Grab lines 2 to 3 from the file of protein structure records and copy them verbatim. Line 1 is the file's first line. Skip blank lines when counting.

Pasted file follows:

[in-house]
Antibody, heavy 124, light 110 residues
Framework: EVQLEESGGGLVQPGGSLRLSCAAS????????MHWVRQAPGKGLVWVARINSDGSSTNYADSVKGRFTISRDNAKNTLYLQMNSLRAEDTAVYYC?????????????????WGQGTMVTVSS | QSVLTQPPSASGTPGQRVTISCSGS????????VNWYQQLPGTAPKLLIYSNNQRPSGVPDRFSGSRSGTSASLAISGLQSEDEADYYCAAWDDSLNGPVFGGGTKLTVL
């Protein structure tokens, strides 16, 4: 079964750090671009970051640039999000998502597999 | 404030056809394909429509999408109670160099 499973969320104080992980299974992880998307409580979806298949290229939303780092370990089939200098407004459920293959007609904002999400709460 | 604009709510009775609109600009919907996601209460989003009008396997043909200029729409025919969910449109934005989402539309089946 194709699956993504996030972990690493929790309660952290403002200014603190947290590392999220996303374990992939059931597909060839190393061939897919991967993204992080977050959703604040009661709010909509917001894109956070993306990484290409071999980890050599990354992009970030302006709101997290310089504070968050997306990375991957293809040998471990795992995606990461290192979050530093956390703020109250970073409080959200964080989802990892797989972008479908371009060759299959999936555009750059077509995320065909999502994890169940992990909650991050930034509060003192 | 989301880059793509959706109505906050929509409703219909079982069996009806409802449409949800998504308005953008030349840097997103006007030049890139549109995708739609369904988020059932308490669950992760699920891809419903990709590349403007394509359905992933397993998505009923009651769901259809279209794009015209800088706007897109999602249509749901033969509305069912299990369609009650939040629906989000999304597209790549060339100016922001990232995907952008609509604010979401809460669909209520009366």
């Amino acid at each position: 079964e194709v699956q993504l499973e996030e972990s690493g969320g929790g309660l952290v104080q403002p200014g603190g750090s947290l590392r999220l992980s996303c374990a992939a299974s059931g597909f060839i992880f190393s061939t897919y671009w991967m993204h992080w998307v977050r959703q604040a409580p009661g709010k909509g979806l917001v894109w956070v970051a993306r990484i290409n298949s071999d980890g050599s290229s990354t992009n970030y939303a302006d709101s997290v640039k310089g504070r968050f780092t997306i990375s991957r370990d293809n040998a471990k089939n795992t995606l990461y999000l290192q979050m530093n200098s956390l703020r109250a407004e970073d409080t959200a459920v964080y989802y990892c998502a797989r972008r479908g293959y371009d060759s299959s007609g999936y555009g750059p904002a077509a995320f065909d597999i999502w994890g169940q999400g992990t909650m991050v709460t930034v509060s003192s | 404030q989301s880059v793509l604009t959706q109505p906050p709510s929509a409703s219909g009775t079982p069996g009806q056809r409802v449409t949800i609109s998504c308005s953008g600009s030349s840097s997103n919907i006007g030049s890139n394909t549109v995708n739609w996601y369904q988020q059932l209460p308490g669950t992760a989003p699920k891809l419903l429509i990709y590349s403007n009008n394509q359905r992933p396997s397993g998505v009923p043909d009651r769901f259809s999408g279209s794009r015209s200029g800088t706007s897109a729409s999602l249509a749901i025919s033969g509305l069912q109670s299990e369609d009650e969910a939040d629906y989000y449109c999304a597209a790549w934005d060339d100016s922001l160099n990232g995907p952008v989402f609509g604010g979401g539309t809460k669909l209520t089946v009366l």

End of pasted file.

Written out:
Antibody, heavy 124, light 110 residues
Framework: EVQLEESGGGLVQPGGSLRLSCAAS????????MHWVRQAPGKGLVWVARINSDGSSTNYADSVKGRFTISRDNAKNTLYLQMNSLRAEDTAVYYC?????????????????WGQGTMVTVSS | QSVLTQPPSASGTPGQRVTISCSGS????????VNWYQQLPGTAPKLLIYSNNQRPSGVPDRFSGSRSGTSASLAISGLQSEDEADYYCAAWDDSLNGPVFGGGTKLTVL